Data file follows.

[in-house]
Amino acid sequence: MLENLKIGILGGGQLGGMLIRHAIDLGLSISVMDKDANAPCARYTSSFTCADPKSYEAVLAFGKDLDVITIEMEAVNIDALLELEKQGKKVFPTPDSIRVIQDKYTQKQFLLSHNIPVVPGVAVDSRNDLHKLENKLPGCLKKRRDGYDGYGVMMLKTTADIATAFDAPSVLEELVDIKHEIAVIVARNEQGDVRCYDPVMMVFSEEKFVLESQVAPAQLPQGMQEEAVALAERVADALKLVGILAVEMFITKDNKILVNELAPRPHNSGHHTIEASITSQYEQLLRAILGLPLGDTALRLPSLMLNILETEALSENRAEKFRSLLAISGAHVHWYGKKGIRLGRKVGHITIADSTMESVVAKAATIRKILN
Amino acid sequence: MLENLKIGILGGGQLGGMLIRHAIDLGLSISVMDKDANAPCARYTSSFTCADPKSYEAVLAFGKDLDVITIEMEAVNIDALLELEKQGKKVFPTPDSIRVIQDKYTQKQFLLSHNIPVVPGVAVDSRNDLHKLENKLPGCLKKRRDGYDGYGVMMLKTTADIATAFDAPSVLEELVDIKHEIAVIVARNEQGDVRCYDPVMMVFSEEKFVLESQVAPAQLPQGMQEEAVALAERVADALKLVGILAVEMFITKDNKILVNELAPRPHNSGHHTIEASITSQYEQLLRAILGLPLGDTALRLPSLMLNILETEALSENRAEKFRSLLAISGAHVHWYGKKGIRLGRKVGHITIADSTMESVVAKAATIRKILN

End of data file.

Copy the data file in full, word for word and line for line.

[in-house]
Amino acid sequence: MLENLKIGILGGGQLGGMLIRHAIDLGLSISVMDKDANAPCARYTSSFTCADPKSYEAVLAFGKDLDVITIEMEAVNIDALLELEKQGKKVFPTPDSIRVIQDKYTQKQFLLSHNIPVVPGVAVDSRNDLHKLENKLPGCLKKRRDGYDGYGVMMLKTTADIATAFDAPSVLEELVDIKHEIAVIVARNEQGDVRCYDPVMMVFSEEKFVLESQVAPAQLPQGMQEEAVALAERVADALKLVGILAVEMFITKDNKILVNELAPRPHNSGHHTIEASITSQYEQLLRAILGLPLGDTALRLPSLMLNILETEALSENRAEKFRSLLAISGAHVHWYGKKGIRLGRKVGHITIADSTMESVVAKAATIRKILN
Amino acid sequence: MLENLKIGILGGGQLGGMLIRHAIDLGLSISVMDKDANAPCARYTSSFTCADPKSYEAVLAFGKDLDVITIEMEAVNIDALLELEKQGKKVFPTPDSIRVIQDKYTQKQFLLSHNIPVVPGVAVDSRNDLHKLENKLPGCLKKRRDGYDGYGVMMLKTTADIATAFDAPSVLEELVDIKHEIAVIVARNEQGDVRCYDPVMMVFSEEKFVLESQVAPAQLPQGMQEEAVALAERVADALKLVGILAVEMFITKDNKILVNELAPRPHNSGHHTIEASITSQYEQLLRAILGLPLGDTALRLPSLMLNILETEALSENRAEKFRSLLAISGAHVHWYGKKGIRLGRKVGHITIADSTMESVVAKAATIRKILN